Fibromyalgia (FM) is a generalized chronic pain condition affecting 2-4% of the adult US population with women being more commonly affected than men. Hypothesized mechanisms involved in both the triggering and maintenance of symptoms include sleep disturbance, predisposing activity in the autonomic nervous system and the hypothalamic-pituitary adrenal (HPA) axes, and central amplification of nociceptive, affective, and cognitive processing of sensory information. Symptom domains of concern to patients with FM include persistent pain and tenderness, stiffness, fatigue, sleep disturbance, cognitive problems, problems with mood, and decreased functional status. No treatments are consistently effective for FM; however the strongest evidence currently supports the use of several pharmacological approaches, aerobic exercise, and Cognitive Behavioral Therapy (CBT).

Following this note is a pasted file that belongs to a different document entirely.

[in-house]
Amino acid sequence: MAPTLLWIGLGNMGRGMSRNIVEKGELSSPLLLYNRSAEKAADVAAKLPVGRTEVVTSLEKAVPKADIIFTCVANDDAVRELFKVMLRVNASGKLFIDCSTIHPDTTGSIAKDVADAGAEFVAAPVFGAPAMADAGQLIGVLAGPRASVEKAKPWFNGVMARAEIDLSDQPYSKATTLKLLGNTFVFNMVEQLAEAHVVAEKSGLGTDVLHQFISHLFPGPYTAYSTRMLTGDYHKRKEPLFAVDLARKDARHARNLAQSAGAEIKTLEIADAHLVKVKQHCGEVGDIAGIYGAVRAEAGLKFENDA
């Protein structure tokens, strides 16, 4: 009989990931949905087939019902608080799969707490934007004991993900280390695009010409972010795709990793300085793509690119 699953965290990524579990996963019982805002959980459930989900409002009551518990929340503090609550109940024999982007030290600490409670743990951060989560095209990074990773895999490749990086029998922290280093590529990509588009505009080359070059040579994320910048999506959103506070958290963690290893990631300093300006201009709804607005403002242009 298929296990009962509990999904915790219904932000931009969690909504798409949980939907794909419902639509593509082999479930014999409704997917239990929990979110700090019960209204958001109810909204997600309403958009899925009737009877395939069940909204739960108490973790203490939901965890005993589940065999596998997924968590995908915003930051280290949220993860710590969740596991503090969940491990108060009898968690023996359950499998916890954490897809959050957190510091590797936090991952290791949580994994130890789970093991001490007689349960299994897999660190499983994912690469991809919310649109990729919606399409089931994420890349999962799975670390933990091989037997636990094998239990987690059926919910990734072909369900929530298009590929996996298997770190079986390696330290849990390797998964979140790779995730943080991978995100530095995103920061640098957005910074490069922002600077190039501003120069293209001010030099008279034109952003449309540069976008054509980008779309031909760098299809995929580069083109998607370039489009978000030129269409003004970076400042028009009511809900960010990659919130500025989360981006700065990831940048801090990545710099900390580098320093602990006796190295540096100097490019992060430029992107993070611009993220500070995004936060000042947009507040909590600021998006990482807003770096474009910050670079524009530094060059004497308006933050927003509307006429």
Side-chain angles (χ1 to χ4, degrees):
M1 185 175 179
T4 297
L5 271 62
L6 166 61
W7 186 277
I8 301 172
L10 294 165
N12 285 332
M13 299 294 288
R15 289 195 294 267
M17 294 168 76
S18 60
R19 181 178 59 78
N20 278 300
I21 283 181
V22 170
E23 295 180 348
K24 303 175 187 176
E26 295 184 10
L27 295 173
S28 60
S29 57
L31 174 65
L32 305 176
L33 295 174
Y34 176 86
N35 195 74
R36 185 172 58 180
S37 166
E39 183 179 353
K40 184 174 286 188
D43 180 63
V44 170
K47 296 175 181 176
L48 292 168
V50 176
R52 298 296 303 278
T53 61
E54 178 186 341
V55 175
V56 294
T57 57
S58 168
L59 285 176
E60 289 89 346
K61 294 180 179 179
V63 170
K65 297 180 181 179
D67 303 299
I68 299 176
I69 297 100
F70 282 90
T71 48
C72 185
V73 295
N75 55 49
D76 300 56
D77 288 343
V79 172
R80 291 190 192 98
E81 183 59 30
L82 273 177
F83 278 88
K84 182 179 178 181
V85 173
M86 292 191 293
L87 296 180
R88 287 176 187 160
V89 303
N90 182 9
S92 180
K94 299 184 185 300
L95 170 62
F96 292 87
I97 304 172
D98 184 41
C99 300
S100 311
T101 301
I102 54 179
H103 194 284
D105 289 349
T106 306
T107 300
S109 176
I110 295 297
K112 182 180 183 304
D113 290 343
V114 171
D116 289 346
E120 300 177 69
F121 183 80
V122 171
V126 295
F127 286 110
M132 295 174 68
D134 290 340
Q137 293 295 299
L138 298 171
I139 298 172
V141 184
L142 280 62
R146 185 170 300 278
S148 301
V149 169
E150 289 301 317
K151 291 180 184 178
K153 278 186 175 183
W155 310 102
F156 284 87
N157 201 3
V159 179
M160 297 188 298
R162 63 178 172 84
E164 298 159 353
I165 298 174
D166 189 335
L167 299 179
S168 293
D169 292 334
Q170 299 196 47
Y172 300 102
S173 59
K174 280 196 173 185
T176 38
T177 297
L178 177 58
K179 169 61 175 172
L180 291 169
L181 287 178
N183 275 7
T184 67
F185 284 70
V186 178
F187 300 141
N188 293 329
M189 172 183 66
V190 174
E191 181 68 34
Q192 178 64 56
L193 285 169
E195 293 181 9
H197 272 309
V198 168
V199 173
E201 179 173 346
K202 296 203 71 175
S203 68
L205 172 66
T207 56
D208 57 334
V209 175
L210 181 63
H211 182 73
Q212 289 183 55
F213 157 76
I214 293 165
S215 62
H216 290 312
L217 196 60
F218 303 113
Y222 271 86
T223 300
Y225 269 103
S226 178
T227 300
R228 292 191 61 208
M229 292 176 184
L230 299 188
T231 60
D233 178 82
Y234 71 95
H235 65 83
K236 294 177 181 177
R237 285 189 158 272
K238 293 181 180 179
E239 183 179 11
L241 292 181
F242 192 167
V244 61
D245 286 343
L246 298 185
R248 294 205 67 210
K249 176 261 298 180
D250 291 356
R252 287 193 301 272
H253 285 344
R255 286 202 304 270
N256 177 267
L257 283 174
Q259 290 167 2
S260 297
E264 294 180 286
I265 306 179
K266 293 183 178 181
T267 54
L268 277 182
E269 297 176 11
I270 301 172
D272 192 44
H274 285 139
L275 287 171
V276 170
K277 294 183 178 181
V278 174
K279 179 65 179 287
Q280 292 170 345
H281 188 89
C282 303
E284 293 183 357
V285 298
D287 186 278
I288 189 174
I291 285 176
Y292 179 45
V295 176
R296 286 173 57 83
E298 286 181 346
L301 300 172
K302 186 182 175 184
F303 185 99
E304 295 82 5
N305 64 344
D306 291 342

Psychological Treatments

Note: Some medications and aerobic exercise programs may also be helpful in the management of FM but we do not cover these interventions in this website. Of course, we recommend a consultation with your primary health care provider for an accurate diagnosis and discussion of various treatment options. Feel free to print this information and take it with you to discuss your treatment plan with your health care provider.